strike prices in order not to 'overtrade' my account. Exit or 'stop' points, as
well as projected profitable index price targets, are based on my technical
analysis of the indexes.
Play Editor's Note: So who do you believe? Do you believe the crowd who is calling this a bottom? Are they the same crowd who has been calling a bottom for the last 2,000 points on the DJIA? Or do you believe those calling for another 20% decline? You've heard it before but this is one of the toughest markets in history if you're trying to trade it.
I was listening to some on the street interviews recently and most people responded with some sort of "I'm just trying not to think of the market or what it's doing to my portfolio" or another version of sticking their head in the sand. Long-term they are right to stick with it if they have a 30, 40 or 50-year time horizon. If you continue with that train of thought then this massive sell-off is probably a great long-term entry point to buy stocks. Of course one has to wonder if next month will be a better long-term entry point to buy stocks another 10%, 15% or 20% lower.
If you're reading this then you're obviously a more independent-minded investor who believes that actively trading the market can out perform just a "buy-and-hold" philosophy. It's certainly been done. People have made fortunes trading the market. They've also lost fortunes. If the market happens to be going your direction then things look pretty good as the huge intraday swings can produce big returns on your computer screen. If the market isn't going your way then just wait. Tomorrow it probably will.
Traditionally if we look at the size of the sell-off, the pessimism in the market, and the extreme readings on the volatility index then there is a good amount of evidence that we're near "a bottom" but maybe not "the bottom". Stocks have been unable to build on any sort of rebound attempt. Rallies are sold hard as another chance to unload. Plus, you have plenty of pundits suggesting we're far from a bottom because everyone is too quick to try and call a bottom.
This week will probably see more volatility as fund redemptions and forced selling fight with end of year window dressing for those funds with an October 31st year-end. Now throw in an FOMC rate cut that may or may not be already priced in and add to it some serious bearish breakdowns in the last couple of days and it is almost impossible to pick a direction.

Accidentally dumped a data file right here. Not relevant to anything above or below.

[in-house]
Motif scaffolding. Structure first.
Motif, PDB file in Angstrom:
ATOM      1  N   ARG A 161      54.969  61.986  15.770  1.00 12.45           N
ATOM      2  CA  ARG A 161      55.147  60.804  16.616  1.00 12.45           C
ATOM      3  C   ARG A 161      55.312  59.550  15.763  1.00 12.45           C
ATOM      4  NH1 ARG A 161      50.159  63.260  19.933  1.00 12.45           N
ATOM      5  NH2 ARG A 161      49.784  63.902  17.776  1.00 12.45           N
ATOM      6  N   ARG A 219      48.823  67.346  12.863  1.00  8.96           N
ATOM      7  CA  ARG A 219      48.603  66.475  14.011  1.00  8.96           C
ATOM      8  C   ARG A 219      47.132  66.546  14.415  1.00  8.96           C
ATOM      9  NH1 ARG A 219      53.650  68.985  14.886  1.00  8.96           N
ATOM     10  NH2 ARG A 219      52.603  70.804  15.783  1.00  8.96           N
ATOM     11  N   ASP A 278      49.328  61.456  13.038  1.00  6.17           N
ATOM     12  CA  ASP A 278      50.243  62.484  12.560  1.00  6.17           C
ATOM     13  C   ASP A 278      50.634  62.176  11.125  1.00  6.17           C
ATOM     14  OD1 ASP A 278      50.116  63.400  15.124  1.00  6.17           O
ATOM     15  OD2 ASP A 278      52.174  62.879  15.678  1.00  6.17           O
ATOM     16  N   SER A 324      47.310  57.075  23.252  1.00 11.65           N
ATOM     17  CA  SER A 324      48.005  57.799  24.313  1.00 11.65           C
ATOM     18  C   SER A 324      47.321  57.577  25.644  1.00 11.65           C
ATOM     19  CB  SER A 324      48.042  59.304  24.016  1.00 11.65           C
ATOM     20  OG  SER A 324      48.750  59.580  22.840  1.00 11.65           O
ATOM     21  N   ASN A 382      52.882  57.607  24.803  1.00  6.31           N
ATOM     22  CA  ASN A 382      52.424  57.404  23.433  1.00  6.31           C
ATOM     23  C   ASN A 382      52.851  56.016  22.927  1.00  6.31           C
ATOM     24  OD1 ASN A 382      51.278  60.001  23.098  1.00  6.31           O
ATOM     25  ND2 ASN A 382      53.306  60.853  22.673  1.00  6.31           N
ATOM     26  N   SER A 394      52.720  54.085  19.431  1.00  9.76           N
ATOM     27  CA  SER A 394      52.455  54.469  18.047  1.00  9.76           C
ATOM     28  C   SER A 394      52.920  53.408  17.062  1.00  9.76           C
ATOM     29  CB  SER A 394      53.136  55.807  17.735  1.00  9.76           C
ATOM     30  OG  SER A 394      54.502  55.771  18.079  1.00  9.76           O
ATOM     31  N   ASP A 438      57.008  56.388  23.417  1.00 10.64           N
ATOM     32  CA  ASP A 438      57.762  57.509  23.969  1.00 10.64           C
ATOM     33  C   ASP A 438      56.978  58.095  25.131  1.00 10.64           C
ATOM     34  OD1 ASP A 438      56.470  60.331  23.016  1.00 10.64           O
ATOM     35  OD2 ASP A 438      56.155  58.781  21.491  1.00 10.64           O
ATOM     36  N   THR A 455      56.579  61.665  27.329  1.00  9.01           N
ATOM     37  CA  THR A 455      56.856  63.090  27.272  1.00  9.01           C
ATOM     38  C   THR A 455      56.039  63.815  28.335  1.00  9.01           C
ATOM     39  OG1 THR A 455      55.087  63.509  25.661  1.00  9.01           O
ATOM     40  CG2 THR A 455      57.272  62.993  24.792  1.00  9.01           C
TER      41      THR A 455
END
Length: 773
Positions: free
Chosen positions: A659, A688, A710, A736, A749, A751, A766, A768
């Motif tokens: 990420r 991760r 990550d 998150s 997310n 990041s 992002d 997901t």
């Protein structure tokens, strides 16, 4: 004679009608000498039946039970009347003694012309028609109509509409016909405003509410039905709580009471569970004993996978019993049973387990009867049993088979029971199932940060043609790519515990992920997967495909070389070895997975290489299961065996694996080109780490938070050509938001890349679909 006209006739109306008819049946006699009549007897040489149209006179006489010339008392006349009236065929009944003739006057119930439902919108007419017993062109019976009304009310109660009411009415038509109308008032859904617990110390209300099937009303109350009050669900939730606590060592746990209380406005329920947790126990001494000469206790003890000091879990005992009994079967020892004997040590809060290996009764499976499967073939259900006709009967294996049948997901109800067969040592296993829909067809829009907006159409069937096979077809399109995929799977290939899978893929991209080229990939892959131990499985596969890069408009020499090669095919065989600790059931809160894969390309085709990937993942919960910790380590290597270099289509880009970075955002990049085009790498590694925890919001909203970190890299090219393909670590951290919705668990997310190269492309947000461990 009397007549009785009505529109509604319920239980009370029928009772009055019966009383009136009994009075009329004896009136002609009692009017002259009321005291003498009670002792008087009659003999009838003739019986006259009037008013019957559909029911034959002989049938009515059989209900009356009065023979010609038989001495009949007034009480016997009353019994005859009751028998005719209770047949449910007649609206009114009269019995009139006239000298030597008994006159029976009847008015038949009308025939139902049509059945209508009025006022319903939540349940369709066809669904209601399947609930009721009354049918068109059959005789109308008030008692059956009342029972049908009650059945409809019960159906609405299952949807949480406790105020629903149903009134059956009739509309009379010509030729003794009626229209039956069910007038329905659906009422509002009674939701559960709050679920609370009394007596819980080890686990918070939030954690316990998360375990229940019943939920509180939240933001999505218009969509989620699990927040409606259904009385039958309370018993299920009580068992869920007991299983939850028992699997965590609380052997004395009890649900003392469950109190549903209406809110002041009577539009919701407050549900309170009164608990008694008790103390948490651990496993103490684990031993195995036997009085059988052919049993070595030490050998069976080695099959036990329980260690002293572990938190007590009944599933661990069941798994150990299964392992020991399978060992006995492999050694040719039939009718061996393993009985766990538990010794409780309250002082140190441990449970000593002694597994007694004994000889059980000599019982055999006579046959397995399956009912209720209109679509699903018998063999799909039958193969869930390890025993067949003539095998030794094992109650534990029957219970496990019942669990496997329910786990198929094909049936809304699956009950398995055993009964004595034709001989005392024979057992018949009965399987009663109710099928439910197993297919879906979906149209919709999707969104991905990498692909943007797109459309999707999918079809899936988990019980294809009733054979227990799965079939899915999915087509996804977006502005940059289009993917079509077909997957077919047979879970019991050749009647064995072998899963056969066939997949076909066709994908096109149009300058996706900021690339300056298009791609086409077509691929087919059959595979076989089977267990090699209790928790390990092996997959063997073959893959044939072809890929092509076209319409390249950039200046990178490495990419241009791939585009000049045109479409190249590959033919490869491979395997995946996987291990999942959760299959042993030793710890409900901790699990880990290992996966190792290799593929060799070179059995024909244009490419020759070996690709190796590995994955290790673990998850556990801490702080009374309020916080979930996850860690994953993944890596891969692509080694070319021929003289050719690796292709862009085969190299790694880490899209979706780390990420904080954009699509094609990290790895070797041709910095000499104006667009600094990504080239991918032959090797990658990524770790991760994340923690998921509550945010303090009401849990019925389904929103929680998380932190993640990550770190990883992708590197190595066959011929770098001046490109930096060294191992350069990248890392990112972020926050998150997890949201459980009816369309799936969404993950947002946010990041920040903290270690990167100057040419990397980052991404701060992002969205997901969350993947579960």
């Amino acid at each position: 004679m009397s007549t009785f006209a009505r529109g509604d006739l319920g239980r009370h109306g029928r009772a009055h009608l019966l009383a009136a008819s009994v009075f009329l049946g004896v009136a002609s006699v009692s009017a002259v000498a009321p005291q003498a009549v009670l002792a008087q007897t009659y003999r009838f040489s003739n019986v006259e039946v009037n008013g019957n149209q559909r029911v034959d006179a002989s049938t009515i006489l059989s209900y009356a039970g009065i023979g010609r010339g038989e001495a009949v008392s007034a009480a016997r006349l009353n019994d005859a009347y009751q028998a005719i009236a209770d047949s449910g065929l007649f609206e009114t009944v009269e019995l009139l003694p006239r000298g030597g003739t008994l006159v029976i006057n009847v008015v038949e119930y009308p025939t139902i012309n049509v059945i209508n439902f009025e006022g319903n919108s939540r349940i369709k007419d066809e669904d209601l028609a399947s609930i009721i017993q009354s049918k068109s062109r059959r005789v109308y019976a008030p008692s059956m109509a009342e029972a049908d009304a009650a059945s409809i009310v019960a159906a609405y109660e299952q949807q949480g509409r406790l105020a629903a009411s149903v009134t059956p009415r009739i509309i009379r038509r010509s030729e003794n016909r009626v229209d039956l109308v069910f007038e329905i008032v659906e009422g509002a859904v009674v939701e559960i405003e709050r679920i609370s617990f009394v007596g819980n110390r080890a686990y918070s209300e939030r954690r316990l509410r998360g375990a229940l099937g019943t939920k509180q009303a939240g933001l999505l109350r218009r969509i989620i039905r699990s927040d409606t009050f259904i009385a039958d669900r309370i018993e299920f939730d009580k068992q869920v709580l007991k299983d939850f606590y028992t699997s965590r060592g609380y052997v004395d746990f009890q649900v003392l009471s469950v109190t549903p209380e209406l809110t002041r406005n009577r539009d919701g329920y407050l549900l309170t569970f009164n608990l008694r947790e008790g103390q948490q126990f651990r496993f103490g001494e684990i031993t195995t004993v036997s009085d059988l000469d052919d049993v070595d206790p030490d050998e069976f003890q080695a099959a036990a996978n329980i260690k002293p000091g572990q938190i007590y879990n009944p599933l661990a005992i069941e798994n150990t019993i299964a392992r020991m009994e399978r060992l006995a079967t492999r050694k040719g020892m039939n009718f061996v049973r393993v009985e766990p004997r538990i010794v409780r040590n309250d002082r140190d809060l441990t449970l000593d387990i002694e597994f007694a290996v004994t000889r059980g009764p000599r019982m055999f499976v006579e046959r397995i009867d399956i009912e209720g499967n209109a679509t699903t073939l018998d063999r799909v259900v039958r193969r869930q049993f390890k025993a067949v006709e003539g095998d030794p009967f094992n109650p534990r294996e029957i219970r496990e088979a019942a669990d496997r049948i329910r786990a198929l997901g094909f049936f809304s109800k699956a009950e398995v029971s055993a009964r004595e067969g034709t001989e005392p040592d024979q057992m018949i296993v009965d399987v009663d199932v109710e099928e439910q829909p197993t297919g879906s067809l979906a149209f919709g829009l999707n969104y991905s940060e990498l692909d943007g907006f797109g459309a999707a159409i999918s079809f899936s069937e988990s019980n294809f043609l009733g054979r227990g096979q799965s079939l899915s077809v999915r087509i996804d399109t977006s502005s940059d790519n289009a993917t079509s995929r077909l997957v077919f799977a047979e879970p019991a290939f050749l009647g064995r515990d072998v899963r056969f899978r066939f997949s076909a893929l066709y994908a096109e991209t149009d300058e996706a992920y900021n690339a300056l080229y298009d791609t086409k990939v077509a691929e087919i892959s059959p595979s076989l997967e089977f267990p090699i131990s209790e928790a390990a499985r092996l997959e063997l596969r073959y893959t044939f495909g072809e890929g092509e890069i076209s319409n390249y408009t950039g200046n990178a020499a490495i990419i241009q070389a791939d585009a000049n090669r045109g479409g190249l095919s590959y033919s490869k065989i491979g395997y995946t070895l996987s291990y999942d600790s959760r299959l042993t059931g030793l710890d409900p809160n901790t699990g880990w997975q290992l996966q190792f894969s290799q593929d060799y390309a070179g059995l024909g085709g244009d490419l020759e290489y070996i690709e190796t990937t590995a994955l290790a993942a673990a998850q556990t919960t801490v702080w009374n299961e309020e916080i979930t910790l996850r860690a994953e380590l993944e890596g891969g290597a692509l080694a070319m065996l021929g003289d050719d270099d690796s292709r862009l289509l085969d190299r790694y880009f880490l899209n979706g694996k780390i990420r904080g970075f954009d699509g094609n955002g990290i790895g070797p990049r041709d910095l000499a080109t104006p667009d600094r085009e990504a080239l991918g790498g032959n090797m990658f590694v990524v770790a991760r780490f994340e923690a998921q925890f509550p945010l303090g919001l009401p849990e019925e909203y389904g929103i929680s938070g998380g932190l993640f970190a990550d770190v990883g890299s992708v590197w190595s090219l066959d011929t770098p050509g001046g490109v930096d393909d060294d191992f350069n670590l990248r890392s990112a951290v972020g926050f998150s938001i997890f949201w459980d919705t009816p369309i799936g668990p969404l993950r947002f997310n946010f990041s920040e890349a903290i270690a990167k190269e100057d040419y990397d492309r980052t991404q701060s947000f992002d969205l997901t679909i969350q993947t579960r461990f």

At this point I'm adding both bullish and bearish plays but generally we're going to stick with the trend, which is down. Traditionally the newsletter publishes directional put and call plays where we are buying calls or puts. Yet right now, with the volatility so high, options are incredibly expensive.
A smarter trade would be to use a strategy that sells option premium. Covered calls, selling puts on stocks you want to own, or some sort of credit spread seems like the better strategies in this environment. As I wrap up keep in mind that this month has taught us that volatility can always get higher and stocks can go lower than you or I expect. There is nothing to suggest that trend of surprises will change.
NEW DIRECTIONAL CALL PLAYS
Burlington Northern - BNI - cls: 80.00 chg: -1.58 stop: 73.85
Why We Like It:
BUY CALL NOV 75.00 BNI-KO open interest= 549 current ask $8.10
Freeport McMoran - FCX - close: 24.86 change: -1.42 stop: 18.45
Why We Like It:
BUY CALL DEC 25.00 FCX-LE open interest= 485 current ask $4.90
Picked on October xx at $ xx.xx <-- see TRIGGER
NEW DIRECTIONAL PUT PLAYS
Burlington Northern - BNI - cls: 80.00 chg: -1.58 stop: 82.35
Why We Like It:
BUY PUT NOV 80.00 BNI-WP open interest=9621 current ask $4.70
Picked on October 26 at $ 80.00
Chattem Inc. - CHTT - close: 67.73 chg: +0.32 stop: 70.75
Why We Like It:
BUY PUT NOV 70.00 HQT-WN open interest= 56 current ask $6.80
Picked on October 26 at $ 67.73
In Play Updates and Reviews
---------------------- CALL Play Updates ----------------------
CSX Corp. - CSX - close: 42.38 chg: -1.36 stop: 38.90*new*
If we had only been more patient and waited until Friday then CSX would have hit our original entry point in the $40.50-40.00 zone. Instead we jumped the gun on Thursday night suggesting new positions above $43. Actually, fortune smiled on us anyway as CSX gapped open lower on Friday at $40.41, which would have been our first opportunity to open new positions. The stock rebounded but eventually pared its gains. So here we are with a bullish call play on CSX and the trend is bearish. Essentially we're betting that long-term support near $40.00 will hold as it has done several times in the past. Given our $40.41 entry point we're going to widen our stop loss to $38.90. More conservative traders will want to consider keeping their stop right where it is, about five cents under Friday's low. Our target on CSX is $49.90. At the moment odds look pretty good that CSX will retest the $41.50-40.00 zone on Monday so if you're looking for new positions I'd wait for another dip.